Parking available at base of hill just past Dykehead Farm (KA17 0LU)
Click HERE to view or follow a map of our route
Route: From the car park you will see a blue signpost to your left pointing across some farmland towards Loudoun Hill. Cross the stile into the field and head straight across to the fence at the other side – look out for another stile marked by a tall wooden post with the remains of a white plastic sign on top. From here again head straight across the field to the fence and boundary wall – from what I could see there are no set places to cross these so it’s just a free-for-all. You will join a narrow earth path which leads around the base of the hill a short distance and you should look out for a less obvious grassy path leading up the steep slope of Loudoun Hill between the trees. It then flattens out for the final walk up to the summit, marked by a large cairn. Return same way.
9th April 2016
After a short but steep climb up you will rewarded with beautiful views down into the Irvine Valley and on a clear day right across to Whitelee Windfarm and Isle of Arran.
I climbed Loudoun Hill a few weeks ago when I walked in from Darvel via the old railway . Since then I vowed to bring the kids, mainly to suss out how able they were and also whether they enjoyed it or not. I figured that if they could manage this hill’s steep slope without complaining then I was onto a winner! I knew it was a short walk in terms of distance (less than a mile to the top and back) so a perfect first hill walk for my 4 and 2 year olds 🙂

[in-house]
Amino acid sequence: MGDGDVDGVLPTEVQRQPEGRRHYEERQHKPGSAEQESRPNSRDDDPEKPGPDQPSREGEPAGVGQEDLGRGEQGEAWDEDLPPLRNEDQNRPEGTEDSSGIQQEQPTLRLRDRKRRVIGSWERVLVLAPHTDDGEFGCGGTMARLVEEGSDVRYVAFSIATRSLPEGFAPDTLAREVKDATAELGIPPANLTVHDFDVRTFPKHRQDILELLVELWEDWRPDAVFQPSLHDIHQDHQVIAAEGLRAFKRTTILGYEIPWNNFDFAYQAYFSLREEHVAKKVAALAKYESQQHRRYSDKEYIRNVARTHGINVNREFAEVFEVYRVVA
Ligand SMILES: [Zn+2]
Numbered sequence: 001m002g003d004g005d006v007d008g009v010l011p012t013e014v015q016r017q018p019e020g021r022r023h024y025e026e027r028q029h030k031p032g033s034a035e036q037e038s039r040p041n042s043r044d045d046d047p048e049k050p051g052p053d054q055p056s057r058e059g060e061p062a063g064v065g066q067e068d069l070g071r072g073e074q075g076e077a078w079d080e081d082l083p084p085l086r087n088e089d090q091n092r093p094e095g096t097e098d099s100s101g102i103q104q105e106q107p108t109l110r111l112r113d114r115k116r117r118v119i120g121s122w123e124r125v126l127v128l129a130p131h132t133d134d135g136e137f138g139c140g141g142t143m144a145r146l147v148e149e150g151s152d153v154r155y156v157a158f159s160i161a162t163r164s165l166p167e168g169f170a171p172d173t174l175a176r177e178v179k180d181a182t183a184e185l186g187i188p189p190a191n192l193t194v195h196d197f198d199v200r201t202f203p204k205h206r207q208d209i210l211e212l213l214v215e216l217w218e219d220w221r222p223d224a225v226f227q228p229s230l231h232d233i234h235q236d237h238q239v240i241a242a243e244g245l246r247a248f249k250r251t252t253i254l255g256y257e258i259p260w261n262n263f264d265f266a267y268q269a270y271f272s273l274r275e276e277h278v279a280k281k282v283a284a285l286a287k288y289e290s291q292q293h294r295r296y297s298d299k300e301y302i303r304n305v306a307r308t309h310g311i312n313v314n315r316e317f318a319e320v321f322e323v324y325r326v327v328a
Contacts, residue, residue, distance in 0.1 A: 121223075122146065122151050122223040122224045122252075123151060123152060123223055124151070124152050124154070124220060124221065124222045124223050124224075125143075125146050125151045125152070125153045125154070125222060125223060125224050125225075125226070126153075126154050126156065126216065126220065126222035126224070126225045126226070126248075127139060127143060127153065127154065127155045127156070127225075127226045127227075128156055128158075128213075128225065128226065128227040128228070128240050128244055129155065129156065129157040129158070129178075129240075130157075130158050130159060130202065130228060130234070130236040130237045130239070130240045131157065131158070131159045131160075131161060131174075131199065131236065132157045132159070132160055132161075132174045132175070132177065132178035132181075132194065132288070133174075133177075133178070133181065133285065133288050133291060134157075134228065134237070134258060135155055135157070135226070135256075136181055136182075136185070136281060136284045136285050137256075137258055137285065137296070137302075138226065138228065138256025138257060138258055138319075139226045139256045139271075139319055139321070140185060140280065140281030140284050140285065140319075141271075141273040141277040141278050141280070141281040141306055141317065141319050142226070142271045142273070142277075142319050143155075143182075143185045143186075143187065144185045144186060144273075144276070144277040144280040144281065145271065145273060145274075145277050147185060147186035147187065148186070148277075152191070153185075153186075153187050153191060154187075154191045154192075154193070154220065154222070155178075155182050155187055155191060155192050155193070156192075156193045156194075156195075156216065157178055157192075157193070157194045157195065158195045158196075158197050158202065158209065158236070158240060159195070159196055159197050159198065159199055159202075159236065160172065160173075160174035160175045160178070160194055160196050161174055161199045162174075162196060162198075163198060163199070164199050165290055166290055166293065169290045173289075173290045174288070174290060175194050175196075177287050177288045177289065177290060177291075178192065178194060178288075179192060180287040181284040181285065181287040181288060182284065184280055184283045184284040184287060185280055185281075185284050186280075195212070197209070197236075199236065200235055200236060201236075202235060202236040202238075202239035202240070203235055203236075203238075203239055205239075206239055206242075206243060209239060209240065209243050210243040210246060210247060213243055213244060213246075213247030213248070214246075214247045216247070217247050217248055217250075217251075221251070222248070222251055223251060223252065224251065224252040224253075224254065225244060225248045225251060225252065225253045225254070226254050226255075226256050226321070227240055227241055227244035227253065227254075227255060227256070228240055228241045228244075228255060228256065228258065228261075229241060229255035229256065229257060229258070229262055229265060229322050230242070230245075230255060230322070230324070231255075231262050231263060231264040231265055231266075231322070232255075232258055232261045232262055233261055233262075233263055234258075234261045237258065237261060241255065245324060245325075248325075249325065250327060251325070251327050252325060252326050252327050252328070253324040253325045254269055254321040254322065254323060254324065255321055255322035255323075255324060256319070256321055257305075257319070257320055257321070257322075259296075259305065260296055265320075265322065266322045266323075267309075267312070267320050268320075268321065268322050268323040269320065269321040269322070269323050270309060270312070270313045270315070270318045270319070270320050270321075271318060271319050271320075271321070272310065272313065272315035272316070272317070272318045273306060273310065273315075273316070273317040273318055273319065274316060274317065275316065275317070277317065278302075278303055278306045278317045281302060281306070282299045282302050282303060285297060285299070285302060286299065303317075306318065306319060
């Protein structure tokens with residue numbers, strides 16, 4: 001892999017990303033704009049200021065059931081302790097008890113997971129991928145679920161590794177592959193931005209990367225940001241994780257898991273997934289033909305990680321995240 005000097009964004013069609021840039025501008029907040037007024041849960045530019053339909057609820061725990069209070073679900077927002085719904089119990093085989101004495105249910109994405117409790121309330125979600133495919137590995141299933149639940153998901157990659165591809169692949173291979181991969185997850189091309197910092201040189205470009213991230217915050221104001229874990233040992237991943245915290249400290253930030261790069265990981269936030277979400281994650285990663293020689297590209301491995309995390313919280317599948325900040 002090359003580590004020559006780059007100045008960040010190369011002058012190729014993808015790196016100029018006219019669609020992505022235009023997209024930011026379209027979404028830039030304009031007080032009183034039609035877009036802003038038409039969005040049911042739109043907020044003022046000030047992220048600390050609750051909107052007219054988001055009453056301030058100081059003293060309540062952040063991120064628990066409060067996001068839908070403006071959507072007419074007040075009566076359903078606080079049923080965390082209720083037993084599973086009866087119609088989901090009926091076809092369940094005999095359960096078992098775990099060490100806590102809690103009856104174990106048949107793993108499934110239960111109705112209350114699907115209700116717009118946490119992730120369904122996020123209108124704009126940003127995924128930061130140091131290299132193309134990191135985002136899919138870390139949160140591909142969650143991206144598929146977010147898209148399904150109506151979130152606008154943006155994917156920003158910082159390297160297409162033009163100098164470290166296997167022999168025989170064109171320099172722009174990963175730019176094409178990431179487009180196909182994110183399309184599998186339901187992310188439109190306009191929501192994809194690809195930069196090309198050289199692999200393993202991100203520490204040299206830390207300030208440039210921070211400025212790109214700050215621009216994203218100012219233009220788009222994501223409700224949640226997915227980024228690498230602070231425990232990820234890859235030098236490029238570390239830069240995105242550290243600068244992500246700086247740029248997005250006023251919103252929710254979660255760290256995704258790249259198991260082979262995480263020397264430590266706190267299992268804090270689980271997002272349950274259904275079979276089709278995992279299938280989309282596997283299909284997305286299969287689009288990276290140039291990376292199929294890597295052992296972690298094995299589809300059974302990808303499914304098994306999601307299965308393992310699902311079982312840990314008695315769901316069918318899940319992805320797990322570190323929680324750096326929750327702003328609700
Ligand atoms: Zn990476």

“Boys…. Do you fancy walking up a hill with mummy today?” You would have thought I’d told them it was Christmas Eve! “Yeah yeah yeah! Can we go now?!” I was relieved at their initial reaction. Off we went. I honestly wasn’t sure how it would go: my youngest was used to my walking antics and had confidently and happily climbed up the short steep hill to Greenan Castle with me recently so I felt pretty sure he was ready for more of the same. My eldest can walk for miles but generally gets bored pretty quickly and is a bit of a scaredy cat so I had visions of him wanting to hold my hand and whimpering in fear for most of the way.
I couldn’t have been more wrong! Nathan shot off like Spiderman up the hill absolutely in his element and it was Thomas who wanted my hand. In fairness he was only wearing wellies which I believe set him back a little: we had rushed out to buy them both hiking boots that morning but we only managed to find Nathan’s size. Overall I was delighted with how they both did and was super happy at how much Nathan was enjoying the experience. “Mummy look at the views!“, “Mummy I love this!”, “Mummy look how fast I can climb up!” Near the top we met a group of people coming back down and they commented on how well the kids were doing: “Look at the size of these kids coming up“, one said, “If they can do it then I really need to get a grip!”. Nathan even fell a few times on the way down and (very unlike him) didn’t cry. I long for the day when we can go on hiking trips as a family and this ‘test’ run and first ever hill walk with the kids couldn’t have gone smoother.